A growing number of homeowners are concerned with utility costs. This has led to an increase in demand for energy-efficient solutions, says a report from the American Institute of Architects Home Design Trend Survey. The survey focused on systems, technologies and functional rooms in the home. Another finding from the survey: an even greater popularity of home offices.
“As the environment and utility prices become more scrutinized, homeowners are demanding more energy-efficient products and sustainable designs,” said AIA chief economist, Kermit Baker, Ph.D., Hon. AIA. “Structural insulation panels, geothermal heating/cooling systems, tankless water heaters and green flooring products such as bamboo and cork are all in high consumer demand.”
A recent AIA poll revealed that 91 percent of registered voters said they would be willing to pay $5,000 more for a house that would use less energy and protect the Earth.
For the third straight year, home offices are the most popular special function room. Addressing specific design issues, Louis B. Smith, AIA, chair of the AIA Small Projects Practitioners committee, said, “Homeowners are looking for more than just a desk in a bedroom. They are looking for additional acoustic privacy, better natural lighting and even separate entry for clients. An architect’s design can help create the proper relationship between the office and the home, as well as ensure a productive environment that allows for work to be accomplished comfortably and efficiently.”
Popular rooms/features include, in order of importance: home office, hobby/game rooms, media/home theater, exercise/fitness, au-pair/in-law suites, kid’s wing/guest wing. Popular green products include: tankless water heaters, energy-efficient, low maintenance, green flooring, synthetic/engineered, reclaimed/salvaged, water saving, indoor air quality, thermal moisture control.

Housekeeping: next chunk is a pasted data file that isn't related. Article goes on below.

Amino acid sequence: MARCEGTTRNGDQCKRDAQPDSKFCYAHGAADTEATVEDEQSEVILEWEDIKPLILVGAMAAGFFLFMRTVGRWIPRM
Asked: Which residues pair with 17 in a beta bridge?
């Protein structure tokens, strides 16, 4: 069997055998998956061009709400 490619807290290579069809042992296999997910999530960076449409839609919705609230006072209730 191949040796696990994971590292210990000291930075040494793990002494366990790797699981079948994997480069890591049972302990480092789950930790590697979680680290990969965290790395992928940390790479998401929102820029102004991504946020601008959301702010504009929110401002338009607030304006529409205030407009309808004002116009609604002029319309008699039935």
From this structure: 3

Home PriceAppreciation Shows Softening
U.S. home prices increased only slightly in the second quarter of 2007 according to the OFHEO House Price Index (HPI). The HPI, which is based on data from sales and refinance transactions, was 0.1 percent higher in the second quarter than in the first quarter of 2007. This is below the revised growth rate of 0.6 percent for the previous quarter and the lowest since the fourth quarter of 1994. Prices in the second quarter of 2007 were 3.2 percent higher than they were in the same quarter of 2006, the lowest annual price change since the 1996-97 period.
OFHEO’s purchase-only index, based solely on purchase price data, indicates less appreciation for U.S. houses over the past year than do all the HPI transactions. The purchase-only index increased 2.6 percent between the second quarter of 2006 and the second quarter of 2007, compared with 3.2 percent for the HPI. However, for the second quarter, the purchase-only index increase was slightly higher at 0.5 percent (seasonally adjusted).
The figures were released by OFHEO director James B. Lockhart as part of OFHEO’s quarterly report analyzing housing price appreciation trends.
“House prices were basically flat in the second quarter despite tightening credit policies, rising foreclosure rates, and weakening buyer sentiment,” said Lockhart. “Significant price declines appear localized in areas with weak economies or where price increases were particularly dramatic during the housing boom.”
The market for existing-home sales is “holding on” in the face of mortgage disruptions, although current resales are about 9 percent below the level that was posted at the same time in 2006, the National Association of Realtors said last month. “Home sales probably would be rising in the absence of (current) mortgage liquidity issues,” said Lawrence Yun, NAR senior economist. Yun added that the recent rise in sales and prices in the Northeast “is promising because this was the first region that underwent sales and price weakness after the boom. Now, it appears that it will be the first region to climb back, indicating that other regions could follow a similar path.”
Despite weakness in house prices, growth in home improvement expenditures is expected to hold steady in the low single-digit range, according to the Leading Indicator for Remodeling Activity (LIRA) developed by Harvard’s Joint Center for Housing Studies. Homeowner spending for home improvement activity will essentially remain constant through the first quarter of 2008, with overall growth in spending for this year projected to be 3 percent, housing analysts said last month.